SSS 2008-12-16(在线收听

This is Scientific American's 60-Second Science. I'm Cynthia Graber. This will just take a minute.


Sarah Palin on the campaign trail was at times dismissive of science. She attacked fruit fly research, saying that tax dollars were going to “projects having little or nothing to do with the public good, things like fruit fly research in Paris, France. I kid you not.”

Well, as the mother of a special needs baby, maybe Palin should check out a report in the current issue of the journal Nature Neuroscience. University of Alberta researcher Francois Bolduc keeps 300,000 fruit flies in a basement laboratory. He discovered that disrupting one gene known as FMR1 in the flies’ brains can wipe out their long-term memory. What’s interesting for us is that damage to that gene in people is associated with learning and memory problems, epilepsy and autism. That constellation of traits is known as fragile X syndrome. Bolduc then worked on curing his forgetful flies—he found a class of drugs that reduces the activity of the FMR1 gene. And the insects were able to regain their memory. Which could point to treatments for fragile X syndrome in humans. Thanks to fruit fly research in Alberta, Canada. I kid you not.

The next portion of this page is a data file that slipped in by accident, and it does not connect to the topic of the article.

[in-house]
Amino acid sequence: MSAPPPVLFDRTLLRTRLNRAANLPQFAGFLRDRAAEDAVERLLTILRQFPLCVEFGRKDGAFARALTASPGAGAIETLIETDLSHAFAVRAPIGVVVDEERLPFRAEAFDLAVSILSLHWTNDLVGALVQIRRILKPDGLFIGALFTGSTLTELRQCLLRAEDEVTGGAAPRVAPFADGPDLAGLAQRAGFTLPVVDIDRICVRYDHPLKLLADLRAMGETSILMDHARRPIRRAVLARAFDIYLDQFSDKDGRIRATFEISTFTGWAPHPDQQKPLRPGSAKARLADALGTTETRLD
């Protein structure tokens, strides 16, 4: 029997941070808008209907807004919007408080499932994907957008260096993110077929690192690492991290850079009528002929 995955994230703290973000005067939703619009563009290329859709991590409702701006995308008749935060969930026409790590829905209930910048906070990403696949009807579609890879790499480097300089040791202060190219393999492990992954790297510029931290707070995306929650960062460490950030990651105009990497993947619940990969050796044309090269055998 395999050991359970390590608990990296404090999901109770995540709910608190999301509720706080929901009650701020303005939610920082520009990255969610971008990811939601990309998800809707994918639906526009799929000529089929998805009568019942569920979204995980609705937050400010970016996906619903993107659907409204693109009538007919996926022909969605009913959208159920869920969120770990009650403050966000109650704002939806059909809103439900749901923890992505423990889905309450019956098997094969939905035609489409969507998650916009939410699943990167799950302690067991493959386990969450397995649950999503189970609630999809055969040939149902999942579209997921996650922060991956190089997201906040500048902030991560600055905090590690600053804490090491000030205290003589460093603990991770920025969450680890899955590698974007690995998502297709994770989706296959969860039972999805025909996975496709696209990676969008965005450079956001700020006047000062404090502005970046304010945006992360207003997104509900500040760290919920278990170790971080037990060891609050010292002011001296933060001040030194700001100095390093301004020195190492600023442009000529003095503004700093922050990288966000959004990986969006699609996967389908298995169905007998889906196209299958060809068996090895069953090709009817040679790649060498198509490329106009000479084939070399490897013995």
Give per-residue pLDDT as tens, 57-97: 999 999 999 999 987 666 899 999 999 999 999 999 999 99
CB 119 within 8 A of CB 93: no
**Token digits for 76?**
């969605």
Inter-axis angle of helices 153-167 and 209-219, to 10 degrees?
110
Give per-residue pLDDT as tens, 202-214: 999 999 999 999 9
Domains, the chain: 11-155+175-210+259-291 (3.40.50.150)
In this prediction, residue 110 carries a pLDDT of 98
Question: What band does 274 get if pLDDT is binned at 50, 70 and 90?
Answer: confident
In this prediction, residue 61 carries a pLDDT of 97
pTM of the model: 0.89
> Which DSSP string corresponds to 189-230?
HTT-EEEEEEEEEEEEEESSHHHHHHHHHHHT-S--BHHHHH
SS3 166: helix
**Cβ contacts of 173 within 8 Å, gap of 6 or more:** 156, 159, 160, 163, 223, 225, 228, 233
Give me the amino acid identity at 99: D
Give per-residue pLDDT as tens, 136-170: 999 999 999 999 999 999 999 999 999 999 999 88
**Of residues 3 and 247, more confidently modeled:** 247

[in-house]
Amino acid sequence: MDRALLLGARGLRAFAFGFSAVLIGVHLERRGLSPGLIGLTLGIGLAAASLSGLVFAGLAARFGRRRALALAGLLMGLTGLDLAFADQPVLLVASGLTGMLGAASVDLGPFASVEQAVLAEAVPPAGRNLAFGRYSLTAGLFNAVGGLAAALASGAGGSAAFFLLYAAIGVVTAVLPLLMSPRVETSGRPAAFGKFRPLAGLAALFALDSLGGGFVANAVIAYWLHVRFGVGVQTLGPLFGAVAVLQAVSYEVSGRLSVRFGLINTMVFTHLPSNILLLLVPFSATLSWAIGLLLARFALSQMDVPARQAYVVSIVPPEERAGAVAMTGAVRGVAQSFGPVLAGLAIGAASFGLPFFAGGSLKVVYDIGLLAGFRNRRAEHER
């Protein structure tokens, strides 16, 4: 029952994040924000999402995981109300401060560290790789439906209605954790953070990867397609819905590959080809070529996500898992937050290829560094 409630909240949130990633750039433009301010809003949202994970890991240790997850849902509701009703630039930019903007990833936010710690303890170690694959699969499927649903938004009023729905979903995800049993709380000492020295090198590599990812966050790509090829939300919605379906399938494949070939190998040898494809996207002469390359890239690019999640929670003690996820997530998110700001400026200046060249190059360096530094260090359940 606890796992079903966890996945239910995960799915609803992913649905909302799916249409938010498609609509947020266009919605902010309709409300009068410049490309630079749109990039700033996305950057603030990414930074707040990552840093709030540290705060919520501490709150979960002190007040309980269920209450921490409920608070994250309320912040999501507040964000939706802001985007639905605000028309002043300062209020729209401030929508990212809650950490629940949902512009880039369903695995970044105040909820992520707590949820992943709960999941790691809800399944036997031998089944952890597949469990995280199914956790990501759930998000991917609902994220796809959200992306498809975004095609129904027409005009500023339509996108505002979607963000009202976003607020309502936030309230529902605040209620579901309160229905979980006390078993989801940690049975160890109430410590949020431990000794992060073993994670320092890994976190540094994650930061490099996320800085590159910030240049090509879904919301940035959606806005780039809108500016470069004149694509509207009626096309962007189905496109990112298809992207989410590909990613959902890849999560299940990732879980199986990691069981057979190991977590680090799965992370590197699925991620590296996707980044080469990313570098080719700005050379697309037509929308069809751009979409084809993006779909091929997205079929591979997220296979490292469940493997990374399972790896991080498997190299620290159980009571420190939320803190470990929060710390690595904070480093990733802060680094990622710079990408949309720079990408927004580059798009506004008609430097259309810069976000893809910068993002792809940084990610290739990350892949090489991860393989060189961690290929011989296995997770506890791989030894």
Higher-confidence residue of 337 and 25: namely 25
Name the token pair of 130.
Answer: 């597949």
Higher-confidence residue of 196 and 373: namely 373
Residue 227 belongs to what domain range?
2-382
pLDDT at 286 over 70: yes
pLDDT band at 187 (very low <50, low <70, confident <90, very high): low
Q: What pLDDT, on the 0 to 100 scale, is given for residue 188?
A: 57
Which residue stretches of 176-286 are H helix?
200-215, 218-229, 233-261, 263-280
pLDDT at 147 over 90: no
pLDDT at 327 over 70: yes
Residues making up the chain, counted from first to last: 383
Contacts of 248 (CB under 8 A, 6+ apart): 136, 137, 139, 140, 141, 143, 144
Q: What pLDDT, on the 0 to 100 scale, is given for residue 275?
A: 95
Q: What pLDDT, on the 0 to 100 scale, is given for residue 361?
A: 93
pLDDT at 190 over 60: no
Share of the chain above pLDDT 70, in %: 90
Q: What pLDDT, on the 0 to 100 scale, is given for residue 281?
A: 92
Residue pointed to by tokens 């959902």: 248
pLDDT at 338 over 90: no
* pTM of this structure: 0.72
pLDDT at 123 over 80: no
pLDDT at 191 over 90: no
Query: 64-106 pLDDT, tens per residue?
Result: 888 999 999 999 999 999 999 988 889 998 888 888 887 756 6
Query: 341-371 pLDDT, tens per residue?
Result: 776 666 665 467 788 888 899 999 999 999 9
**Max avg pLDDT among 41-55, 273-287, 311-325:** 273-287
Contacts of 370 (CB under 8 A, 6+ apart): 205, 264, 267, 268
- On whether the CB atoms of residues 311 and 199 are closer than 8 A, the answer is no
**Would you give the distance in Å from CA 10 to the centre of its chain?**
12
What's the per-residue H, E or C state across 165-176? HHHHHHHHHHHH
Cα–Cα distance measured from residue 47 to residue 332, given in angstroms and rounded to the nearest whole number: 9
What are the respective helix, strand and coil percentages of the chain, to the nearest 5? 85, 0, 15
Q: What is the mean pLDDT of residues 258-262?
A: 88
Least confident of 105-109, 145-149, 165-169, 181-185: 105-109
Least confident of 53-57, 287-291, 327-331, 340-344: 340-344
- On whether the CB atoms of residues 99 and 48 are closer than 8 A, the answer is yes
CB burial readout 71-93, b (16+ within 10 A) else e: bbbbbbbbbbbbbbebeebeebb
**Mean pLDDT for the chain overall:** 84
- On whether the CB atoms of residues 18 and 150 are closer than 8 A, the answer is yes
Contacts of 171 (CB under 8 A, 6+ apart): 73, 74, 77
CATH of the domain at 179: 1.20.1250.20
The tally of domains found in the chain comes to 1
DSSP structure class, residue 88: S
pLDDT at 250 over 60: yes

Thanks for the minute for Scientific American's 60-Second Science. I'm Cynthia Graber.


Announcer: For more on McCain-Palin science slipups, listen to the December 17th episode of the weekly SciAm podcast, Science Talk, and check out the Anti Gravity column in the January issue of Scientific American magazine, also available at